There are two main decisions to make about your care: one is your place of birth, and the other is your care provider.
Sometimes one decision will force another, for example an obstetrician will only deliver babies in a hospital, and birth centre care will generally mean having midwifery care.
But there are many other combinations:
Private midwife – home birth
Private midwife – hospital birth (public hospital as a private patient; private hospital as a private patient; public hospital as a public patient)
Public hospital care – midwives
Public hospital care – obstetricians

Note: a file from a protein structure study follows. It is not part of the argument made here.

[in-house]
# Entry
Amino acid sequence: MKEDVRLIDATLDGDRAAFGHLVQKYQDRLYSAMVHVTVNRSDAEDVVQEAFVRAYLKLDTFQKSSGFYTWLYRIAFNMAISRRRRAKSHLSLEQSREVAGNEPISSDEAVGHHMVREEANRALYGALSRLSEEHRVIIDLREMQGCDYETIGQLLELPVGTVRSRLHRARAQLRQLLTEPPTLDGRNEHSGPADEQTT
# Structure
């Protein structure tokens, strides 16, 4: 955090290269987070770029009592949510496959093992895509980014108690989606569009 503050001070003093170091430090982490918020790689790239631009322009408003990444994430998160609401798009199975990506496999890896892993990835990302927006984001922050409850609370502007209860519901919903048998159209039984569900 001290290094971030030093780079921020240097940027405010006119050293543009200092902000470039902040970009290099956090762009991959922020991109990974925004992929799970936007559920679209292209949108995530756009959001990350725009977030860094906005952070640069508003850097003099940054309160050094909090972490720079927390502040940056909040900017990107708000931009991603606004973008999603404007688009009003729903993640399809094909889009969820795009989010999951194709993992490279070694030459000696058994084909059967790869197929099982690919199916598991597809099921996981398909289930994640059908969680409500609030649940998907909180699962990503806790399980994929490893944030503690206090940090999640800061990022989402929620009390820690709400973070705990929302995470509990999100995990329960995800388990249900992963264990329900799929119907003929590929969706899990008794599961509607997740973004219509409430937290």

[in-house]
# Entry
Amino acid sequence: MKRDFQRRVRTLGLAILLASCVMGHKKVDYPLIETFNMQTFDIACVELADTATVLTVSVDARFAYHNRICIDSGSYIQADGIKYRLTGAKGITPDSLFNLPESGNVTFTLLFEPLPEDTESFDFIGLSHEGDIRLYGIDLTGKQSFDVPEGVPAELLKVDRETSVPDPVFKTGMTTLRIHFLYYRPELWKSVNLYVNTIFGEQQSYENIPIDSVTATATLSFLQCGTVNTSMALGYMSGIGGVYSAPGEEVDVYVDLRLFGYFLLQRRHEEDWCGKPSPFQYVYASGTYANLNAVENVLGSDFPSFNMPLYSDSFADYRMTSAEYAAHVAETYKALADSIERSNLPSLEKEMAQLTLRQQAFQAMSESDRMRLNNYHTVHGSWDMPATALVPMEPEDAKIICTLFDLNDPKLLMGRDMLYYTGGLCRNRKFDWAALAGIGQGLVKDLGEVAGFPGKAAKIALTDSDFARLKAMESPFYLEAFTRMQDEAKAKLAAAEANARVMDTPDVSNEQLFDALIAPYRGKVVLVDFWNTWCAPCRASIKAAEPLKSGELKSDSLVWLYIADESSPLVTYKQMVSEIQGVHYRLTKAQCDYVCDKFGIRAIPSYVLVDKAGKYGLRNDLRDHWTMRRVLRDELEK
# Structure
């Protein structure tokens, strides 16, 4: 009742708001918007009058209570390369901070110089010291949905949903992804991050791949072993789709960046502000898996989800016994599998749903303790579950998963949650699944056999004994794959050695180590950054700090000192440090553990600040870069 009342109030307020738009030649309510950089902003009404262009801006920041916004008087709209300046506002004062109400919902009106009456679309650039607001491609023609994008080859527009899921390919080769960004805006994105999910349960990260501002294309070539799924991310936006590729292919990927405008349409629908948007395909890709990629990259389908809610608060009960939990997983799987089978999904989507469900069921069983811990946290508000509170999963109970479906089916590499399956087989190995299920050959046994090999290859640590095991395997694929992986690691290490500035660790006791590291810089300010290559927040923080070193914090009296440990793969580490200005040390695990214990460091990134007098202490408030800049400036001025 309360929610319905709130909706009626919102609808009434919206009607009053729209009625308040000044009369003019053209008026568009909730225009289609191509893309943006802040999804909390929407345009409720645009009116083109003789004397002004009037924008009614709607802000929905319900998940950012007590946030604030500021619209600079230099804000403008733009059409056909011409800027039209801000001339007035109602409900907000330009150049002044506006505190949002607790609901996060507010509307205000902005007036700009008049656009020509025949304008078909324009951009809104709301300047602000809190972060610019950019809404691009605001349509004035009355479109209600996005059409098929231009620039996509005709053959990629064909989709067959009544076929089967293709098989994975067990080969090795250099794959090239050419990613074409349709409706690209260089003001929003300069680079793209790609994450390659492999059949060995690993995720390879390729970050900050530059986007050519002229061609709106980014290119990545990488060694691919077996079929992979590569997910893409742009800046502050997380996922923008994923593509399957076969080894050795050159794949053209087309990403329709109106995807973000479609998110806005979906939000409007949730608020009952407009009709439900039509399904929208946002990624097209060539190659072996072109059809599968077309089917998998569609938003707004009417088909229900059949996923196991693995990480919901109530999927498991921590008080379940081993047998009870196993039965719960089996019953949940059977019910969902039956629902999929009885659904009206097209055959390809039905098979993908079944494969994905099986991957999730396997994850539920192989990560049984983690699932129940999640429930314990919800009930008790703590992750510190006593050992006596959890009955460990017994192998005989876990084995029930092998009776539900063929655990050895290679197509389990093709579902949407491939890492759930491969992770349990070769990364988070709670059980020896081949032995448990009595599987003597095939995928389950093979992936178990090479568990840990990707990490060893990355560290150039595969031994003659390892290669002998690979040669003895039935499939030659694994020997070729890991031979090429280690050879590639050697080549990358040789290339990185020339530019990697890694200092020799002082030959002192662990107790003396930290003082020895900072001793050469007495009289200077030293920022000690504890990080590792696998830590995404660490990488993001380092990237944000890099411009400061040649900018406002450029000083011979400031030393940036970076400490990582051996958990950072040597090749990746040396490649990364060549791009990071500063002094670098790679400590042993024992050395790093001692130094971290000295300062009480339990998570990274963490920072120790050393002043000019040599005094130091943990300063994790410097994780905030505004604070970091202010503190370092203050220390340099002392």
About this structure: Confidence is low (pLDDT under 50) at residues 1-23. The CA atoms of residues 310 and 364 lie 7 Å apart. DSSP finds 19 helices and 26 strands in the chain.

Public hospital care – shared care with a GP
and so on. There is really quite a lot of choice when you think about it.
Ultimately, if continuity is important to you, you will need to look to the private system – either obstetrics or midwifery – to ensure as much as possible that your chosen care provider will actually be there to help you in birthing.
The other thing to consider is that midwives and obstetricians, especially in the private sector – will tend to book out early. Some obstetricians will require you to book an appointment as soon as you find out you are pregnant, and will be fully booked at around 6 weeks. For many private midwives, this is the same. Other times, you my find that you can change from the public system to the private system later in pregnancy and a space will be made available for you.
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